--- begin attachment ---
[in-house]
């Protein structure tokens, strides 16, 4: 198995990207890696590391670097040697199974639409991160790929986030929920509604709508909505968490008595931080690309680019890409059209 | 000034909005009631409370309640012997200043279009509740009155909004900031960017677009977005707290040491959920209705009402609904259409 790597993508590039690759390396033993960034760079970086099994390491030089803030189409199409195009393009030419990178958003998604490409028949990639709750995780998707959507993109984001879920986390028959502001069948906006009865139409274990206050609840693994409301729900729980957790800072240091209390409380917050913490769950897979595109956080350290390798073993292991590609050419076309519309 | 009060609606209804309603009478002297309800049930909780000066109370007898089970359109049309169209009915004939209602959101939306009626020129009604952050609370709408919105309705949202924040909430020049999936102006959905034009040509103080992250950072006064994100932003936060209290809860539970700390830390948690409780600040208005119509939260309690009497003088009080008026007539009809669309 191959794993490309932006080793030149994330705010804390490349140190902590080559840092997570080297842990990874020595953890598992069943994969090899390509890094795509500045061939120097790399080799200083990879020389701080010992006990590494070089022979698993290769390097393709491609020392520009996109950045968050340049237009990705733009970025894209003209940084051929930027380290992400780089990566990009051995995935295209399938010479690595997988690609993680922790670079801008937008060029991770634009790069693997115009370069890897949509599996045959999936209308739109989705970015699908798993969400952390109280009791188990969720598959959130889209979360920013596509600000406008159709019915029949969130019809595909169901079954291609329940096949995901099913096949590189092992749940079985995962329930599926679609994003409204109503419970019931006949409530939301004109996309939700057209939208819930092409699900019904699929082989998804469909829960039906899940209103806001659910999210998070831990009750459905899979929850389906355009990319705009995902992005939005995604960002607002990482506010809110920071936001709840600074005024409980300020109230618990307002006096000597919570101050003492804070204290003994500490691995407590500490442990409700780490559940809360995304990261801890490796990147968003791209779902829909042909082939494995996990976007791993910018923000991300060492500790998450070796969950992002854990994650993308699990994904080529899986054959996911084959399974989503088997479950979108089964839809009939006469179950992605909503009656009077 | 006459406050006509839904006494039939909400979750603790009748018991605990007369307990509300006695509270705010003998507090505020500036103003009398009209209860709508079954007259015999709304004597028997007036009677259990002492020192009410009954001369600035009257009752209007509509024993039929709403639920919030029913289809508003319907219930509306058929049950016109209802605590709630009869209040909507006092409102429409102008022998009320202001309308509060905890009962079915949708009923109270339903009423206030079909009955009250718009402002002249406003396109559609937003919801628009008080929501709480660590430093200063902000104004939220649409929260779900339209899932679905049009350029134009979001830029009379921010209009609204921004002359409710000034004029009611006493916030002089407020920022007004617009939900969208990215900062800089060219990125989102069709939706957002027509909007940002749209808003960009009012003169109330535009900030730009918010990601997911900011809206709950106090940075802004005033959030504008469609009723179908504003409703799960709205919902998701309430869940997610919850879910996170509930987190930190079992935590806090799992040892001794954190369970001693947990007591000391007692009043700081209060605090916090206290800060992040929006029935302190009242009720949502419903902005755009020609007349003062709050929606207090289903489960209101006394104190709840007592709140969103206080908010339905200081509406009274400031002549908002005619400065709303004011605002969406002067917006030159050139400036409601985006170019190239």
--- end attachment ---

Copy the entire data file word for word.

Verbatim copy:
[in-house]
């Protein structure tokens, strides 16, 4: 198995990207890696590391670097040697199974639409991160790929986030929920509604709508909505968490008595931080690309680019890409059209 | 000034909005009631409370309640012997200043279009509740009155909004900031960017677009977005707290040491959920209705009402609904259409 790597993508590039690759390396033993960034760079970086099994390491030089803030189409199409195009393009030419990178958003998604490409028949990639709750995780998707959507993109984001879920986390028959502001069948906006009865139409274990206050609840693994409301729900729980957790800072240091209390409380917050913490769950897979595109956080350290390798073993292991590609050419076309519309 | 009060609606209804309603009478002297309800049930909780000066109370007898089970359109049309169209009915004939209602959101939306009626020129009604952050609370709408919105309705949202924040909430020049999936102006959905034009040509103080992250950072006064994100932003936060209290809860539970700390830390948690409780600040208005119509939260309690009497003088009080008026007539009809669309 191959794993490309932006080793030149994330705010804390490349140190902590080559840092997570080297842990990874020595953890598992069943994969090899390509890094795509500045061939120097790399080799200083990879020389701080010992006990590494070089022979698993290769390097393709491609020392520009996109950045968050340049237009990705733009970025894209003209940084051929930027380290992400780089990566990009051995995935295209399938010479690595997988690609993680922790670079801008937008060029991770634009790069693997115009370069890897949509599996045959999936209308739109989705970015699908798993969400952390109280009791188990969720598959959130889209979360920013596509600000406008159709019915029949969130019809595909169901079954291609329940096949995901099913096949590189092992749940079985995962329930599926679609994003409204109503419970019931006949409530939301004109996309939700057209939208819930092409699900019904699929082989998804469909829960039906899940209103806001659910999210998070831990009750459905899979929850389906355009990319705009995902992005939005995604960002607002990482506010809110920071936001709840600074005024409980300020109230618990307002006096000597919570101050003492804070204290003994500490691995407590500490442990409700780490559940809360995304990261801890490796990147968003791209779902829909042909082939494995996990976007791993910018923000991300060492500790998450070796969950992002854990994650993308699990994904080529899986054959996911084959399974989503088997479950979108089964839809009939006469179950992605909503009656009077 | 006459406050006509839904006494039939909400979750603790009748018991605990007369307990509300006695509270705010003998507090505020500036103003009398009209209860709508079954007259015999709304004597028997007036009677259990002492020192009410009954001369600035009257009752209007509509024993039929709403639920919030029913289809508003319907219930509306058929049950016109209802605590709630009869209040909507006092409102429409102008022998009320202001309308509060905890009962079915949708009923109270339903009423206030079909009955009250718009402002002249406003396109559609937003919801628009008080929501709480660590430093200063902000104004939220649409929260779900339209899932679905049009350029134009979001830029009379921010209009609204921004002359409710000034004029009611006493916030002089407020920022007004617009939900969208990215900062800089060219990125989102069709939706957002027509909007940002749209808003960009009012003169109330535009900030730009918010990601997911900011809206709950106090940075802004005033959030504008469609009723179908504003409703799960709205919902998701309430869940997610919850879910996170509930987190930190079992935590806090799992040892001794954190369970001693947990007591000391007692009043700081209060605090916090206290800060992040929006029935302190009242009720949502419903902005755009020609007349003062709050929606207090289903489960209101006394104190709840007592709140969103206080908010339905200081509406009274400031002549908002005619400065709303004011605002969406002067917006030159050139400036409601985006170019190239």